From Graffiti to Coloring Books, Assistant Professor Uses Art to Communicate About Race
Aaron Coleman's early art took the form of graffiti art on trains. The assistant professor is now a printmaker whose work has been displayed in collections around the world.
Aaron Coleman, an assistant professor in the University of Arizona School of Art, has found a simple and seemingly innocent medium to communicate his thoughts on race: a children's coloring book from 1950.
The book tells the story of two children learning about colors through a series of activities over the course of a year. However, Coleman says, all of the children in the book are white, leaving children with a skewed view of reality.
"A child who sees this book is subconsciously being told that if you're going to see a depiction of a person, it's going to be a white person," Coleman said. "That means the way this child is learning about color is through the lens of someone who is white. There are no other perspectives being presented."
Coleman says the coloring book gives him a way to talk about how we perceive and use color. He paints directly onto the pages, covering up parts of the image and text to leave a poem or other message pertaining to color. The paintings are part of a collection called "True and Livin'." The pieces show how Coleman's work has evolved over the years.
From Street Art to Art School
Coleman began finding his artistic voice on the streets of Washington, D.C., and later Indianapolis by "re-appropriating the landscape" – spray painting block-letter graffiti and murals on bridges, billboards, trains and anything else that might provide a canvas. Although he avoided brushes with the law, Coleman ultimately decided he needed to find a "more responsible way" to create art.
He attended the Herron School of Art and Design at Indiana University – Purdue University Indianapolis and spent some time working in graphic design and painting before finding his true passion: printmaking. His early work explored human interaction with technology, and featured imagery of machines protruding from living characters. Some of his later work merges comic book-style art with religious imagery found on stained-glass windows.
Coleman says joining academia allowed him to provide the kind of guidance to students that he wished he had when he was their age. He held positions at Northern Illinois University, Elgin Community College in Elgin, Illinois, and California State University in Fresno before joining UArizona as an assistant professor in fall 2016.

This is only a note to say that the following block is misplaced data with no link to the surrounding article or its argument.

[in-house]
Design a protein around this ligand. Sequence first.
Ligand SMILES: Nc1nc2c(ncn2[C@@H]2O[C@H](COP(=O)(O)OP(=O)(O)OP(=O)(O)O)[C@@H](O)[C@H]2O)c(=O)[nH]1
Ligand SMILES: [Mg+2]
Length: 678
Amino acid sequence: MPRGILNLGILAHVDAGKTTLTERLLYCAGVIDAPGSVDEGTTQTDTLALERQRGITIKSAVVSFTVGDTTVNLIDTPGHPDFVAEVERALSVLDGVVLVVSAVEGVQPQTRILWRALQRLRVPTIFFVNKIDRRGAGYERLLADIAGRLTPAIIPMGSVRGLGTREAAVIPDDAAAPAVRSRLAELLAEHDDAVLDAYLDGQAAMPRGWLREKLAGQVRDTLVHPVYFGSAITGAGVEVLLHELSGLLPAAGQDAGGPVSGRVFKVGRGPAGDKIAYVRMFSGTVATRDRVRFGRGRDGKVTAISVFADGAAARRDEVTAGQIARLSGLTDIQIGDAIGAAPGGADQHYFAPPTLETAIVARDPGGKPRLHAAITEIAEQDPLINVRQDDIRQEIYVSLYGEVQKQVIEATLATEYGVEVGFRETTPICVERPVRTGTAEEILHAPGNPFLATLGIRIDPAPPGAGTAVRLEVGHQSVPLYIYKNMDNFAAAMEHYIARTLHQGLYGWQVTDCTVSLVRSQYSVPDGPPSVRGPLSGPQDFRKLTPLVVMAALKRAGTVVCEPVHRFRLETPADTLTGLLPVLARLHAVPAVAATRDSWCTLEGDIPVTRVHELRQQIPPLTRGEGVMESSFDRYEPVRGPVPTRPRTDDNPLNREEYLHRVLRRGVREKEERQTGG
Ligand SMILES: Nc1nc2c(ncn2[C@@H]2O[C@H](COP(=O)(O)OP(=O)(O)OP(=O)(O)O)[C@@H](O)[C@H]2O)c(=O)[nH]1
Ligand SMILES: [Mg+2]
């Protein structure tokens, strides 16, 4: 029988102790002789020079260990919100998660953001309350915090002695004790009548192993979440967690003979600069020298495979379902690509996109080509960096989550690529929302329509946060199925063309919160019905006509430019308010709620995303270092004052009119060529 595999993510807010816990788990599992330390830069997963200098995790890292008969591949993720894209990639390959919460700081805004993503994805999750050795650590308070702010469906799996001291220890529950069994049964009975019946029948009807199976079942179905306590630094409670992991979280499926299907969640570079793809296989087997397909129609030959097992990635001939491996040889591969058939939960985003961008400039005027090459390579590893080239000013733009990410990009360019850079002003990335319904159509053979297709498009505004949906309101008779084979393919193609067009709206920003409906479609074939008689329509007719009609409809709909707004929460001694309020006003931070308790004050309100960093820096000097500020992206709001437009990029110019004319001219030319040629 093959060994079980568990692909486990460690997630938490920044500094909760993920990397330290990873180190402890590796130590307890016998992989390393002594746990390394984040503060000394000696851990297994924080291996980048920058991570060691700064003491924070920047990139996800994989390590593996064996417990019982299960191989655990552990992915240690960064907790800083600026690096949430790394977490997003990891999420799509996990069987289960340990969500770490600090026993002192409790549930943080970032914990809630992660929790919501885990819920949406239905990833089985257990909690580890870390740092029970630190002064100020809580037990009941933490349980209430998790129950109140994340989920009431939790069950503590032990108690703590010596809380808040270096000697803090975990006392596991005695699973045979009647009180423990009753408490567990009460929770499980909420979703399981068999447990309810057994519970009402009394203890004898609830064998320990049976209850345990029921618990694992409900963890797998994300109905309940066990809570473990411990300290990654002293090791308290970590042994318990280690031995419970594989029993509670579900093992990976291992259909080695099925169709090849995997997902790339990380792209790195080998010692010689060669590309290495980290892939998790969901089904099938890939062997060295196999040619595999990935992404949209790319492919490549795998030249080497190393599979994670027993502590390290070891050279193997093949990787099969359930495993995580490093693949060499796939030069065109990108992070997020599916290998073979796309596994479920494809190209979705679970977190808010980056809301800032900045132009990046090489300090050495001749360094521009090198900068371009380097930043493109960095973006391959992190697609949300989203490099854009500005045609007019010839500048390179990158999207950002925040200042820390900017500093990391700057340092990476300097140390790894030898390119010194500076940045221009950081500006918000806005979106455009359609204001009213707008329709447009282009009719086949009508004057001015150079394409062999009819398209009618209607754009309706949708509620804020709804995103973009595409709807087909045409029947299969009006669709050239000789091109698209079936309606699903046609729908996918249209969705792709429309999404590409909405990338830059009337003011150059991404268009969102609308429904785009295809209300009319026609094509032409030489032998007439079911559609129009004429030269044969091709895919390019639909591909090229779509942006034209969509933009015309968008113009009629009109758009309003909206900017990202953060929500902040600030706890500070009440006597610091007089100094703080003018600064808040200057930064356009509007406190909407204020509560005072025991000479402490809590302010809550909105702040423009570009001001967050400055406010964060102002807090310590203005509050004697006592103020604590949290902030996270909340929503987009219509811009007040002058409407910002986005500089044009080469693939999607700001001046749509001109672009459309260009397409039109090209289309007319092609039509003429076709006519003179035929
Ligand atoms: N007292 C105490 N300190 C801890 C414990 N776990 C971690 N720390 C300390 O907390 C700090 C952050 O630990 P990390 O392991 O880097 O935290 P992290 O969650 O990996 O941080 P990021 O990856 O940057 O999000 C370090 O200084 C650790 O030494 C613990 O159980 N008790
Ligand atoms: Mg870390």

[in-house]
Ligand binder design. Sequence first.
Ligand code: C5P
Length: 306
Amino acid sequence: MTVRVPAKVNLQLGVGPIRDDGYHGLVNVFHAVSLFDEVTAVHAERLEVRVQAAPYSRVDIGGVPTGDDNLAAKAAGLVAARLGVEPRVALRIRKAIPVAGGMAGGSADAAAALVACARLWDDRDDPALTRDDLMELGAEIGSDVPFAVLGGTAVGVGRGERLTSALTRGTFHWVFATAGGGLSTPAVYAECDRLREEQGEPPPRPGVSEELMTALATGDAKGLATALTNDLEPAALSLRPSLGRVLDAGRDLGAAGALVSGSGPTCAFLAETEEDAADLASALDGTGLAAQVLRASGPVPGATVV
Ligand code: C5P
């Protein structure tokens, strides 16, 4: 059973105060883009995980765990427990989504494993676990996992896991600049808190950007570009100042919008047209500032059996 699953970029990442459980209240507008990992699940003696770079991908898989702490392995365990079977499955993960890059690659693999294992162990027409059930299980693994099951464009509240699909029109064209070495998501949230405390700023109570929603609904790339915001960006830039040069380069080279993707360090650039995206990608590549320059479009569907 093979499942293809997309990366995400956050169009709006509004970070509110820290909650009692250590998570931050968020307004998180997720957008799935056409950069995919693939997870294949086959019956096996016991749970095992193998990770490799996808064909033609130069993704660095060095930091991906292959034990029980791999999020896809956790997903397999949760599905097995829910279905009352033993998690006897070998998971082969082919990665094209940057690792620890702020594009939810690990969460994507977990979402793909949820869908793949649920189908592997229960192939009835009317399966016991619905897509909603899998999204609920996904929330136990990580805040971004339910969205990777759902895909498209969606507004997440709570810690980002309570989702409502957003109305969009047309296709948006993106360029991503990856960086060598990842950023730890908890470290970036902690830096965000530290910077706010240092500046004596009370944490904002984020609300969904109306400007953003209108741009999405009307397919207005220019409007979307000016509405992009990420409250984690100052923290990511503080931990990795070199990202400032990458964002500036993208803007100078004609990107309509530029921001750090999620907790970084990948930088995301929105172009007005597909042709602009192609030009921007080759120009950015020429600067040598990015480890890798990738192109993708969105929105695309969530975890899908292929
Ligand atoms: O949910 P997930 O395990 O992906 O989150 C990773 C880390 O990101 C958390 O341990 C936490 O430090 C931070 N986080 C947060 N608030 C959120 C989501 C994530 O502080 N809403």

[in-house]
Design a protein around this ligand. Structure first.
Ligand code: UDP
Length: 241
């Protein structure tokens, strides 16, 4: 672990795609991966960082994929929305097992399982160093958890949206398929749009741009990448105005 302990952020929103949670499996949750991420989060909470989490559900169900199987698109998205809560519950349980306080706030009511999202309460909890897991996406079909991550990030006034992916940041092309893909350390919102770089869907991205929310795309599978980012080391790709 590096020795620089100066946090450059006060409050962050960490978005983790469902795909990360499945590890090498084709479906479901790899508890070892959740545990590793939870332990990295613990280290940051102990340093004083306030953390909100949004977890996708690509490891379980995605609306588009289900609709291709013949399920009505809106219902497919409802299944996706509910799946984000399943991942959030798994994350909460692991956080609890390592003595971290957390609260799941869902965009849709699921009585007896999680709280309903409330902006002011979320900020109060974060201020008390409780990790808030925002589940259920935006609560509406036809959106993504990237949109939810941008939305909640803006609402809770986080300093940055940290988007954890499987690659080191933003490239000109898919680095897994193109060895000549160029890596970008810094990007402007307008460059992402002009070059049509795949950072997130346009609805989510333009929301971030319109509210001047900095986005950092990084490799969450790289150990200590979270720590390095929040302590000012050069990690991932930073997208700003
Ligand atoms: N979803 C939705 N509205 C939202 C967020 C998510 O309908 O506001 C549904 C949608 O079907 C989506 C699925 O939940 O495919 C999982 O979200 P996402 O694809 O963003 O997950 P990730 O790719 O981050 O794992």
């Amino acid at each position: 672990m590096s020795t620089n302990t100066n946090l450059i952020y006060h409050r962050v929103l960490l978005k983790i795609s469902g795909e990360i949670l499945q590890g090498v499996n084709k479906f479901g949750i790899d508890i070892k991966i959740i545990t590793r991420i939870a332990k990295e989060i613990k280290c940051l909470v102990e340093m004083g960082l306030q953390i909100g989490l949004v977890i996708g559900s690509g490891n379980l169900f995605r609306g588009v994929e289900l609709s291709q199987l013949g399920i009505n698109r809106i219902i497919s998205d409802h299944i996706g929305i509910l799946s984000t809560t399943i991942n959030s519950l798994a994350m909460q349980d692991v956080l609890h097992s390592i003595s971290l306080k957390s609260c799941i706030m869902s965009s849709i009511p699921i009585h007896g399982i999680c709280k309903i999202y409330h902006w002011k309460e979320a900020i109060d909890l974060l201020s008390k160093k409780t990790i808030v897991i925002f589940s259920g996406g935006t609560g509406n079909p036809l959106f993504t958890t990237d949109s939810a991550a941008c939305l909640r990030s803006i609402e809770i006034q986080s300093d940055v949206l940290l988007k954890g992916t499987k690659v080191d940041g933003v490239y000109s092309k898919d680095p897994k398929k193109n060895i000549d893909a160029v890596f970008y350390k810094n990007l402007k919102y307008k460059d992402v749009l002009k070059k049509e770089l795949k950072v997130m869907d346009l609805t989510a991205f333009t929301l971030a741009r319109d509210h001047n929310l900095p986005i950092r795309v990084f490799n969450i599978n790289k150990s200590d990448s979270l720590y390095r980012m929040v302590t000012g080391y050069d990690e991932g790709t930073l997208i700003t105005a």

Black History Month and Beyond
While racial issues are consistently at the center of Coleman's work, he says Black History Month provides increased opportunities and exposure for Black artists. He says the social unrest surrounding civil rights this year has provided a "flood of opportunities" for Black artists and others from underrepresented populations.
"The whole world is sharing the opportunities that used to be closed off," Coleman said. "Now is the time to push your work if you're a person of color or from another underrepresented community, because people are ready to listen and ready to support in ways that they never were before."
His latest exhibit, "Monumental Shadows," presented through Benedictine University's Komechak Art Gallery, is inspired by campaigns to tear down statues depicting historical figures including Christopher Columbus and Confederate soldiers.
"It is crucial that we do not forget where we come from, as it is the only way to pave a new path forward," Coleman's exhibition statement says. "That path, laden with a knowledge of the past, produces empathy, understanding and trust."
Coleman's work also has been displayed at the University of Colorado, Wichita State University, the Ino-cho Paper Museum of Art in Kochi, Japan, and the Yekaterinburg Museum of Fine Arts in Yekaterinburg, Russia. You can see some of his art in this online gallery.
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